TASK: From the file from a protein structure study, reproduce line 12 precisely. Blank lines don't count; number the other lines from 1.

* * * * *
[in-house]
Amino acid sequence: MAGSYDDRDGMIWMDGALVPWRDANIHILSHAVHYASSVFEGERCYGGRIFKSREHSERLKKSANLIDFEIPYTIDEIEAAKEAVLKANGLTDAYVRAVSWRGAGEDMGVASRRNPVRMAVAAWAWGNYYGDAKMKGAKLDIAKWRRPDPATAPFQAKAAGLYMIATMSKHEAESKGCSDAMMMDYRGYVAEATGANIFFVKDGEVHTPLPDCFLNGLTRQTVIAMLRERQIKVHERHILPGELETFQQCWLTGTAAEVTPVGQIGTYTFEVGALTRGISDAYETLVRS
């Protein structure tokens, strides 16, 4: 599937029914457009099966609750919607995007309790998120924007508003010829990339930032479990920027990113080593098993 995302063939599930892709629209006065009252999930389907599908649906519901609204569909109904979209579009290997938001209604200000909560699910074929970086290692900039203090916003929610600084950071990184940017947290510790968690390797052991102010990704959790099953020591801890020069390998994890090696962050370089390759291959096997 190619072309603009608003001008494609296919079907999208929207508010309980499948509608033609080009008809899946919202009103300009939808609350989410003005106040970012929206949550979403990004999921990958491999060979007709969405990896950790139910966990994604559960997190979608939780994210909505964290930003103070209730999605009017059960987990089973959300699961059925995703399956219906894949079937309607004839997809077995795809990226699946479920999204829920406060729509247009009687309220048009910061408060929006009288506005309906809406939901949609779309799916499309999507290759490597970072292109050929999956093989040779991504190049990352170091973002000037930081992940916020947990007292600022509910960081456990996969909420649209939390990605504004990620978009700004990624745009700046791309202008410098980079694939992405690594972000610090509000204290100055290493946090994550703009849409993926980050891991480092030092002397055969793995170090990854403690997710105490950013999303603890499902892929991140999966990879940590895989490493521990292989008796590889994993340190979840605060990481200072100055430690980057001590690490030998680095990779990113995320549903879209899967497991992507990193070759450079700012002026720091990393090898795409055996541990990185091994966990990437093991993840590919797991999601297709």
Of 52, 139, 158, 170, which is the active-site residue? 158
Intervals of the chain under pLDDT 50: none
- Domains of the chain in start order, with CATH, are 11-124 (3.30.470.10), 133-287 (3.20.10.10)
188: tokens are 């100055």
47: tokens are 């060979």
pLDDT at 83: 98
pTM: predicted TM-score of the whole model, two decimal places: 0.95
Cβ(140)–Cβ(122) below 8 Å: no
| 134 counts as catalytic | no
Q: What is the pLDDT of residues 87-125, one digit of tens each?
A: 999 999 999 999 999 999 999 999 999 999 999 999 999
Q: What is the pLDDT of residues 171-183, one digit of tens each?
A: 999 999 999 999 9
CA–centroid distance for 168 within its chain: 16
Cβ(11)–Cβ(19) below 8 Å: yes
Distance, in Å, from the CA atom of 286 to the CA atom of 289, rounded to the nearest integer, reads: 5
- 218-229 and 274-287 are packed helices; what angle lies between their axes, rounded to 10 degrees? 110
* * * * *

| 134 counts as catalytic | no